A smart contact lens that lets you see like never before!
Contact lenses help people see better, but one startup is taking that idea to the extreme.
Recently, we checked out a contact lens that contains the world’s tiniest display, so you can see information augmented right on the world around you. It was made by a startup named Mojo Vision.
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Mojo Vision is building a lens that superimposes information into the world around you!
"We’re creating the world’s first true smart contact lens. Crammed inside this tiny lens is wireless data and power, along with the world’s smallest display," said Steve Sinclair with Mojo Vision.
"Eventually all the screens should go away and you should be able to see information wherever we want to see it," explained Steve.
I demoed a prototype which I couldn’t put into my eye, but I was able to look through it!
As soon as I put it up to my eye, I suddenly could see a little display overlaid on the screen I was looking at.
One scenario showed a meeting where speech was being translated in real time, the words projected right into my view.
As I moved the contact lens around, I could see the data no matter where I was looking.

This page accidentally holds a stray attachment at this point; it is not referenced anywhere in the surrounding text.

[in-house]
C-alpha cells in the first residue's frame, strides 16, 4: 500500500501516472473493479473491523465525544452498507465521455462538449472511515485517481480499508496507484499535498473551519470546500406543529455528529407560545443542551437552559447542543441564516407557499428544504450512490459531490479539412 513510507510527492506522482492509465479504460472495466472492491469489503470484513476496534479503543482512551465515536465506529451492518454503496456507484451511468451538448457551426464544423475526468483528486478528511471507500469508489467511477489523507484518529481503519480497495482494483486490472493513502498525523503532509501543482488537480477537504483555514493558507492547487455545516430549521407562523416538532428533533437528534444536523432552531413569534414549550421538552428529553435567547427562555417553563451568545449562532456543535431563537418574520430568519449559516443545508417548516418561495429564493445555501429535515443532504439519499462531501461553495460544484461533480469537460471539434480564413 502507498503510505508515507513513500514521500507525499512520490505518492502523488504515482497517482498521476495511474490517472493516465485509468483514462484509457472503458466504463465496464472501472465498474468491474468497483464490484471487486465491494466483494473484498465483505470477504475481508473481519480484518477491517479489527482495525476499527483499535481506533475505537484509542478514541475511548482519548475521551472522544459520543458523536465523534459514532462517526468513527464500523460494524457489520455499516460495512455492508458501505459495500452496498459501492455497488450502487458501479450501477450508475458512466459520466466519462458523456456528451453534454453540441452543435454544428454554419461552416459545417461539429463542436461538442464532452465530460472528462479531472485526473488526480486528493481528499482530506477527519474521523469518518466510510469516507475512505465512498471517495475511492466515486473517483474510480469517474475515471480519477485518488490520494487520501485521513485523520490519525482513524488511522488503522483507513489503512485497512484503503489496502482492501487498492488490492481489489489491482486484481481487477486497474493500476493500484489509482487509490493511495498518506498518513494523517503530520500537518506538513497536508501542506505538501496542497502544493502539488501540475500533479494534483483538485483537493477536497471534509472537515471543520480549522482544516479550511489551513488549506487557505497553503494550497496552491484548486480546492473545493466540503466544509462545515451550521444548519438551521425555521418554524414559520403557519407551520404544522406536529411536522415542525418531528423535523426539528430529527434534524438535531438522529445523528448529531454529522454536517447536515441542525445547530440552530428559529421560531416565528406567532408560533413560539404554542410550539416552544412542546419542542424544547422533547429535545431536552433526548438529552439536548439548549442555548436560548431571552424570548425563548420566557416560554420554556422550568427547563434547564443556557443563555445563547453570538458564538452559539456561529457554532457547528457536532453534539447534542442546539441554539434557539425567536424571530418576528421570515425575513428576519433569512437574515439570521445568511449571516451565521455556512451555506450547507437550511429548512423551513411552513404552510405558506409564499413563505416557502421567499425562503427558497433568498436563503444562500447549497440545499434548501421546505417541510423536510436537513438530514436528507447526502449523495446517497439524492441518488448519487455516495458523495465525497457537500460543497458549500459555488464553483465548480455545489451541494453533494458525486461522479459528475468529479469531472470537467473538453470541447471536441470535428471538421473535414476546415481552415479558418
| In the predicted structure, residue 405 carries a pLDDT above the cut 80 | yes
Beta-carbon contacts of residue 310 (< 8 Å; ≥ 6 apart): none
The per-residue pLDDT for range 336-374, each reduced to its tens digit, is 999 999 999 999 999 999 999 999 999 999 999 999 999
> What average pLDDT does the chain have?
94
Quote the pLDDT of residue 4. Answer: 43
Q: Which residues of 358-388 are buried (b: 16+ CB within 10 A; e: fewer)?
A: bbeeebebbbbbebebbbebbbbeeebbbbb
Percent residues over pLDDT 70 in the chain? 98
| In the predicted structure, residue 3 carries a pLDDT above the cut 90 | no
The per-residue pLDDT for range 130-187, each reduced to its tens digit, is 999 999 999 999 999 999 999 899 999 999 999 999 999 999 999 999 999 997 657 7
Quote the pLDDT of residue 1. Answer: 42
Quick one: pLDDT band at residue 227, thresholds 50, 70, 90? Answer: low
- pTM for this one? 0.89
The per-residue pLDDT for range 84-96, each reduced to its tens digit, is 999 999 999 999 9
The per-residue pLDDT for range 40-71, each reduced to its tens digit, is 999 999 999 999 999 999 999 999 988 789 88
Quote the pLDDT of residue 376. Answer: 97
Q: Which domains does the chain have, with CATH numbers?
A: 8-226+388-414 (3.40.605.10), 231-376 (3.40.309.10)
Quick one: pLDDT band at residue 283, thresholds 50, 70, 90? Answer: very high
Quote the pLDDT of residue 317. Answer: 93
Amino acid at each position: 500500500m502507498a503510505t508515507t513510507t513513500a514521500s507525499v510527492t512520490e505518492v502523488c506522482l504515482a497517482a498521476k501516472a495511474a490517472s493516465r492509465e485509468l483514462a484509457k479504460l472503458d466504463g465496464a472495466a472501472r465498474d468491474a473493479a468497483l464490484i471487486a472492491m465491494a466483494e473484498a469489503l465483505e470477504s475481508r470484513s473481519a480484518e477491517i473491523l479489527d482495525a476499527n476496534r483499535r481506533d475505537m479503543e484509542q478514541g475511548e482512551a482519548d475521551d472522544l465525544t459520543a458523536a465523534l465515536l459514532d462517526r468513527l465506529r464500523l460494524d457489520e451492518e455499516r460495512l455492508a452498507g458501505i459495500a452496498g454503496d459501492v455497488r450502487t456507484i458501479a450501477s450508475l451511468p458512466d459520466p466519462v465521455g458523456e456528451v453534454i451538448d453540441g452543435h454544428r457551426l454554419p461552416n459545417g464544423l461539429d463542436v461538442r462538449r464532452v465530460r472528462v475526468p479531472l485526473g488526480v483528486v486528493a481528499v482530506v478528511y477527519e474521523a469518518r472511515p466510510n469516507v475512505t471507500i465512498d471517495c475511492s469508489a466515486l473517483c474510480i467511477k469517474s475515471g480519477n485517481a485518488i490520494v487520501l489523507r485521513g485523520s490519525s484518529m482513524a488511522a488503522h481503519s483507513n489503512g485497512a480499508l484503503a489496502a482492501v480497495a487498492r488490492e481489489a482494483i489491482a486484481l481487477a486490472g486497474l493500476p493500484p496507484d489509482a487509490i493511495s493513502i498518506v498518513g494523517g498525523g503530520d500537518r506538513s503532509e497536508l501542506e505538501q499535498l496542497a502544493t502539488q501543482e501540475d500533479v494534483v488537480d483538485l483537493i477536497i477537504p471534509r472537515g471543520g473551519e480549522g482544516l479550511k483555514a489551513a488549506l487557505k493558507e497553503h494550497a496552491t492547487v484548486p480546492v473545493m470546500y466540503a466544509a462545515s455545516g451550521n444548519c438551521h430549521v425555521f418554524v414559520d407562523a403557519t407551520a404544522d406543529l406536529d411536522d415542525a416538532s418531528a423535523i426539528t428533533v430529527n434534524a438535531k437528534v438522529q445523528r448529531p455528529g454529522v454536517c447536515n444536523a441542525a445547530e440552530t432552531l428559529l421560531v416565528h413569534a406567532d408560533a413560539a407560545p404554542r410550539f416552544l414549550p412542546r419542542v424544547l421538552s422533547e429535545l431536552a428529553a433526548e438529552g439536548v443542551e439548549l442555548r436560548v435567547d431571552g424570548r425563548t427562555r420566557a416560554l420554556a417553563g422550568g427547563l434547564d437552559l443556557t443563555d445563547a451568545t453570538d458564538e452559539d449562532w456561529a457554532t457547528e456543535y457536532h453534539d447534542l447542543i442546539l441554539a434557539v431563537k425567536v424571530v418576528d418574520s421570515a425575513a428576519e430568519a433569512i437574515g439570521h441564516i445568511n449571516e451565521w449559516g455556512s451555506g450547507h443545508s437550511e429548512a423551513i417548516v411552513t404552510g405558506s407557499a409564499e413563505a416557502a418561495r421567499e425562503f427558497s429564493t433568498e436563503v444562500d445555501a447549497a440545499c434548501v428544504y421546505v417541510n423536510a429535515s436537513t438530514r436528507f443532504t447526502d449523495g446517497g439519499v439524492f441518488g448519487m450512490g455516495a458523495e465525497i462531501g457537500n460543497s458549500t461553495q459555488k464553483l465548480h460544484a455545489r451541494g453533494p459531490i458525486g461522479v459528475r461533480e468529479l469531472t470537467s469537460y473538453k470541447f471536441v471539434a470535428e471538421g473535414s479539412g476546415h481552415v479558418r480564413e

Another scene showed bikers getting fitness stats displayed on the horizon.
All the information you might look at your phone or a watch for is now right in your line of sight!
"We want people’s eyes to be up, we want their hands to be free, and we want them to interact with the real world, it’s a concept we call invisible computing," explained Steve.
Some of the first to benefit would be those with vision issues.
"Some of our first customers we believe are people who suffer from low vision conditions, glaucoma or macular degeneration," said Steve.
In another demo, the lens let me virtually see in the dark by overlaying augmented reality content.
Done right, these tiny lenses could also have an impact on smartphones, imagine important text messages, notes to a speech, navigation directions and other vital information magically appearing in your field of view!
"It may seem counterintuitive to put the screen closer to the eye, but it will help us bring our heads up and be focused on the world around us," said Steve.
The technology is still a few years off and must be approved by the FDA, as for the thickness of the lens that probably won’t change, the company says it’s a medical grade lens that is comfortable to wear.